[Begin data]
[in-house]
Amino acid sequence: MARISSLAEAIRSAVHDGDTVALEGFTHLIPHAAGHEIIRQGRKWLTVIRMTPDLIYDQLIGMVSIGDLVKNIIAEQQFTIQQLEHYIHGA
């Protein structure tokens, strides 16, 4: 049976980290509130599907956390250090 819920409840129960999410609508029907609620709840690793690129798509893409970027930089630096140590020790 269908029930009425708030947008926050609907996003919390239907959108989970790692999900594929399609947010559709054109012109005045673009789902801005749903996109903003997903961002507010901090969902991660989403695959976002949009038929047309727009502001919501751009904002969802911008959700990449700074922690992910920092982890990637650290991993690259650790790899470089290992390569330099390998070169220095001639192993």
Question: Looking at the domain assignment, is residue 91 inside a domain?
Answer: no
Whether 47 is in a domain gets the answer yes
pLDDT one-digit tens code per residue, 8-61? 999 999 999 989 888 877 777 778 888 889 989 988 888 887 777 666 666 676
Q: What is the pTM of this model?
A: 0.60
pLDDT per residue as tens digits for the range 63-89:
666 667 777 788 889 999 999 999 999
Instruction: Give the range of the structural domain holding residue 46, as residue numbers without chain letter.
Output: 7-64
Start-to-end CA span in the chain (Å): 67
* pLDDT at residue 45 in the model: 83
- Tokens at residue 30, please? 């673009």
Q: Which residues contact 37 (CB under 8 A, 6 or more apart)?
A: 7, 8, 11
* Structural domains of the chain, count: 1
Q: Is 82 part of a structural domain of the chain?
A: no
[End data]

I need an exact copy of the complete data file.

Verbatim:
[in-house]
Amino acid sequence: MARISSLAEAIRSAVHDGDTVALEGFTHLIPHAAGHEIIRQGRKWLTVIRMTPDLIYDQLIGMVSIGDLVKNIIAEQQFTIQQLEHYIHGA
């Protein structure tokens, strides 16, 4: 049976980290509130599907956390250090 819920409840129960999410609508029907609620709840690793690129798509893409970027930089630096140590020790 269908029930009425708030947008926050609907996003919390239907959108989970790692999900594929399609947010559709054109012109005045673009789902801005749903996109903003997903961002507010901090969902991660989403695959976002949009038929047309727009502001919501751009904002969802911008959700990449700074922690992910920092982890990637650290991993690259650790790899470089290992390569330099390998070169220095001639192993």
Question: Looking at the domain assignment, is residue 91 inside a domain?
Answer: no
Whether 47 is in a domain gets the answer yes
pLDDT one-digit tens code per residue, 8-61? 999 999 999 989 888 877 777 778 888 889 989 988 888 887 777 666 666 676
Q: What is the pTM of this model?
A: 0.60
pLDDT per residue as tens digits for the range 63-89:
666 667 777 788 889 999 999 999 999
Instruction: Give the range of the structural domain holding residue 46, as residue numbers without chain letter.
Output: 7-64
Start-to-end CA span in the chain (Å): 67
* pLDDT at residue 45 in the model: 83
- Tokens at residue 30, please? 């673009």
Q: Which residues contact 37 (CB under 8 A, 6 or more apart)?
A: 7, 8, 11
* Structural domains of the chain, count: 1
Q: Is 82 part of a structural domain of the chain?
A: no